Can science explain everything? What if there are knowledge “black holes” where science cannot step beyond without being consumed? This is an eternal question asked by scientists, philosophers and theologians alike over the centuries. And it deserves to be asked because of its existential significance for us living on this speck of a planet in a vast, vast Universe.
When science cannot open any more doors, we turn to the arts, in particular to consolation of words. We turn to writers and poets for answers, or at least hints of an answer because they seem to have that tolerance for ambiguity that we find comforting. Below, I quote a passage from Upstream (2016) by the gifted essayist and poet, Mary Oliver, who as usual, writes beautifully and compassionately. Her wisdom is the inspiration of a poem I wrote which I titled, “The Other Doors”.
Excerpts from Upstream (2016) by Mary Oliver
Knowledge has entertained me and it has shaped me and it has failed me. Something in me still starves. In what is probably the most serious inquiry of my life, I have begun to look past reason, past the provable, in other directions. Now, I think there is only one subject worth my attention, and that is the precognition of the spiritual side of the world, and within this recognition, the condition of my own spiritual state. I am not talking about having faith necessarily, though one hopes so. What I mean by spirituality is not theology, but attitude. Such interest nourishes me beyond the finest compendium of facts. In my mind now, in any comparison of demonstrated truths and unproven but vivid intuitions, the truths lose.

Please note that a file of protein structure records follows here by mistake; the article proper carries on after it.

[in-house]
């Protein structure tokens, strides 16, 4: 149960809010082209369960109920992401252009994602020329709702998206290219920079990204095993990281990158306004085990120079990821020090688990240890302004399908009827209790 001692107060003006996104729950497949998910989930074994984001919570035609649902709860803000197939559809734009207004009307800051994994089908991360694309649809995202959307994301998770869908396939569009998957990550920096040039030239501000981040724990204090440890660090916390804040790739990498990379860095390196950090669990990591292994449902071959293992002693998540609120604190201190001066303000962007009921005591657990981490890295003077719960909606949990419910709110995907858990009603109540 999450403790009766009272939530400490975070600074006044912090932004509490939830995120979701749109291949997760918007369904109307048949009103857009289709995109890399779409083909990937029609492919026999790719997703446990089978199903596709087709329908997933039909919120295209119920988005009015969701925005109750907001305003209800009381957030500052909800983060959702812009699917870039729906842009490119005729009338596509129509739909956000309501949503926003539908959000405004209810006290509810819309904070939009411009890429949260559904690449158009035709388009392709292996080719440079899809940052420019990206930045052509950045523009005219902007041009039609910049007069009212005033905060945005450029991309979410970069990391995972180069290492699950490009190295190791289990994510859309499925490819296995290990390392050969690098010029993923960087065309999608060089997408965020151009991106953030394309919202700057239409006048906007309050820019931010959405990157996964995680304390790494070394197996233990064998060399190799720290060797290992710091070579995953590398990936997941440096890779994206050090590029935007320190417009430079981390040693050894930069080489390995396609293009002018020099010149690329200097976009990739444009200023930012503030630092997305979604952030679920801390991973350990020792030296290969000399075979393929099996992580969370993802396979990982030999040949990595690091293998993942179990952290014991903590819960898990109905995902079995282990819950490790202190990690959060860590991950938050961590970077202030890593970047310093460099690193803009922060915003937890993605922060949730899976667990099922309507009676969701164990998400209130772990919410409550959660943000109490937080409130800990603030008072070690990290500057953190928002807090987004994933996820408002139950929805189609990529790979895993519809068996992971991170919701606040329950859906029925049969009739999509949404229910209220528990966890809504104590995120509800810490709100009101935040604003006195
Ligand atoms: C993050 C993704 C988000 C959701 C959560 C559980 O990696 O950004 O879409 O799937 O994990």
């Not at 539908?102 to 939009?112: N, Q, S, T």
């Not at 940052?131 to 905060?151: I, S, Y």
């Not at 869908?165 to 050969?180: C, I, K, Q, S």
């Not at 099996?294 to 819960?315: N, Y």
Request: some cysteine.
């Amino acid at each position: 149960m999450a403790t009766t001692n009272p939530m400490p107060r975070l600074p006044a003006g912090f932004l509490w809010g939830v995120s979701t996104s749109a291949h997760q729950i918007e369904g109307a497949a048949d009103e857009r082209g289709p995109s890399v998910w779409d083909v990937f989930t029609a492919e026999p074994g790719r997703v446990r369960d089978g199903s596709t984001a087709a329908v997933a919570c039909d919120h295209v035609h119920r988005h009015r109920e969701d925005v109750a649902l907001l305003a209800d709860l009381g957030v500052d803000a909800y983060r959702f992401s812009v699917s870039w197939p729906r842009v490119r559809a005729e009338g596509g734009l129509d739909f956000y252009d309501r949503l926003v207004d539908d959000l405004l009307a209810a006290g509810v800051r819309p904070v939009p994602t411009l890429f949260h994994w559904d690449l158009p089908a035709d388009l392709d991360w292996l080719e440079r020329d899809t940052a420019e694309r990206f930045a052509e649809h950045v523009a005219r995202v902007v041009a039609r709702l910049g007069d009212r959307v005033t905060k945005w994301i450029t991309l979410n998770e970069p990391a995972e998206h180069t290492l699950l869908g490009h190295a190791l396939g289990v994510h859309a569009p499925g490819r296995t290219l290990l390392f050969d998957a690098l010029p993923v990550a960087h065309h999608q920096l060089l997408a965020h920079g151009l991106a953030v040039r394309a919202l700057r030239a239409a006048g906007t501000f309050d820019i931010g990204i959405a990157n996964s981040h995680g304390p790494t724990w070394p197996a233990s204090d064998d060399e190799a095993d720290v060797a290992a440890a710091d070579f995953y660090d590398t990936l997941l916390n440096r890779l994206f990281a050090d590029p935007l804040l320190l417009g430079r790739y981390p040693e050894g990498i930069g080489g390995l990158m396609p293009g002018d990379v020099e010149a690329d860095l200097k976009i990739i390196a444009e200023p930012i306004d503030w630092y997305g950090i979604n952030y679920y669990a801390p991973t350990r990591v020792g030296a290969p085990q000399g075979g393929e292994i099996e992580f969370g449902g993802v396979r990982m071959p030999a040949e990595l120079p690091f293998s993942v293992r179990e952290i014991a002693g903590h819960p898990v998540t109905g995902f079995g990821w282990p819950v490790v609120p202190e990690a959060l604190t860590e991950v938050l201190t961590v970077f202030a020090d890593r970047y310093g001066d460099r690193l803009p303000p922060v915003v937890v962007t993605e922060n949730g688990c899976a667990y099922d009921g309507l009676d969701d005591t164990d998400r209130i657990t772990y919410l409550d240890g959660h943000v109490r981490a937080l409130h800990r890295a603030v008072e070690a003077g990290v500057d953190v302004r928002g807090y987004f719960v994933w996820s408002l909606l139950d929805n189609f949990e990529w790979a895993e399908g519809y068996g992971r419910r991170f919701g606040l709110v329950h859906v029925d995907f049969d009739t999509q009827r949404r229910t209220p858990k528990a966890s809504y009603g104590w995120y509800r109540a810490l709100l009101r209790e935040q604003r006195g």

‘The Other Doors’ by Wallace Fong
Mr. Newton – your calculus is cool
and thank you for showing us the way
to the moon. But gravity is not a force,
but apples rolling around the fabric
of space and time.
Mr. Einstein, your equations are cool.
But relativity isn’t the whole story.
From the standoff between gravity and
quantum epsilons, we inherit this
embarrassment of riches – four forces when
only one will do.
Mr. Darwin, your theory is beautiful, but
natural selection isn’t the whole story and
the tree of life isn’t a tree. Bugs and slugs
have figured it out: how to share genes
with others not of their own kind. It changes
nothing by calling it lateral gene transfer;
it has messed up our theories.
So now I write a different kind of poetry, where I
do not enter the door of certitude, where I
seek the solace of the stars, the oracles of the
owl as it floats through the trees, the instincts of
ferns uncurling to greet a new day. I write in the
comfort of not knowing all that I yearn to know.
I write with the queasy admission that there are
other doors to other truths, perhaps a whole lot
of it, vivid and unprovable.